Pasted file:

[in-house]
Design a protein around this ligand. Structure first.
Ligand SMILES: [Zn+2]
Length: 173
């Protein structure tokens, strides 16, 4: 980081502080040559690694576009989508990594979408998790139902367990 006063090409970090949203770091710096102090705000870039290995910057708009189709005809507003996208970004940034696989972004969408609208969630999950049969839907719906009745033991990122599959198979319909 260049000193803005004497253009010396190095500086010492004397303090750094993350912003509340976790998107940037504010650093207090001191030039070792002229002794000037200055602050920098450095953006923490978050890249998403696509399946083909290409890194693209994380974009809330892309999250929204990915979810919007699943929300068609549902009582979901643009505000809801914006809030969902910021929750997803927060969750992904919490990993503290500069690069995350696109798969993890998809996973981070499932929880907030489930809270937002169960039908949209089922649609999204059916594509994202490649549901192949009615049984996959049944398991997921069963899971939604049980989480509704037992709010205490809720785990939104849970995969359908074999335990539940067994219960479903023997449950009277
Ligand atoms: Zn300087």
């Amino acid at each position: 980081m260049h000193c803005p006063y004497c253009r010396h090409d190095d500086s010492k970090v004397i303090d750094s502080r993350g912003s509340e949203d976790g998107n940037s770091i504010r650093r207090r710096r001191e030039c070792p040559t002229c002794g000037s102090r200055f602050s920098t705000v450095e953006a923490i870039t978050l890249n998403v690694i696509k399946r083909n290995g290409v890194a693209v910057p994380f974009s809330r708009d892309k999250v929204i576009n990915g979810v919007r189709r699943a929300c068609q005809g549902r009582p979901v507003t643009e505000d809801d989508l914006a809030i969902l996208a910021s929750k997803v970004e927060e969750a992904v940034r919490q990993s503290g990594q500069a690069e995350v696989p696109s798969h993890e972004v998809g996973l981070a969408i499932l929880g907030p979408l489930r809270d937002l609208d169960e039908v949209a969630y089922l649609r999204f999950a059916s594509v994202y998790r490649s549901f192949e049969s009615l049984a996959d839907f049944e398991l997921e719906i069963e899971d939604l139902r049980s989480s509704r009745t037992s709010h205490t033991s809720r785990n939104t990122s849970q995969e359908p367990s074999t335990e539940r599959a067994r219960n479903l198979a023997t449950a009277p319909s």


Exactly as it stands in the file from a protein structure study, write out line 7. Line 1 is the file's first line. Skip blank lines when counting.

């Amino acid at each position: 980081m260049h000193c803005p006063y004497c253009r010396h090409d190095d500086s010492k970090v004397i303090d750094s502080r993350g912003s509340e949203d976790g998107n940037s770091i504010r650093r207090r710096r001191e030039c070792p040559t002229c002794g000037s102090r200055f602050s920098t705000v450095e953006a923490i870039t978050l890249n998403v690694i696509k399946r083909n290995g290409v890194a693209v910057p994380f974009s809330r708009d892309k999250v929204i576009n990915g979810v919007r189709r699943a929300c068609q005809g549902r009582p979901v507003t643009e505000d809801d989508l914006a809030i969902l996208a910021s929750k997803v970004e927060e969750a992904v940034r919490q990993s503290g990594q500069a690069e995350v696989p696109s798969h993890e972004v998809g996973l981070a969408i499932l929880g907030p979408l489930r809270d937002l609208d169960e039908v949209a969630y089922l649609r999204f999950a059916s594509v994202y998790r490649s549901f192949e049969s009615l049984a996959d839907f049944e398991l997921e719906i069963e899971d939604l139902r049980s989480s509704r009745t037992s709010h205490t033991s809720r785990n939104t990122s849970q995969e359908p367990s074999t335990e539940r599959a067994r219960n479903l198979a023997t449950a009277p319909s």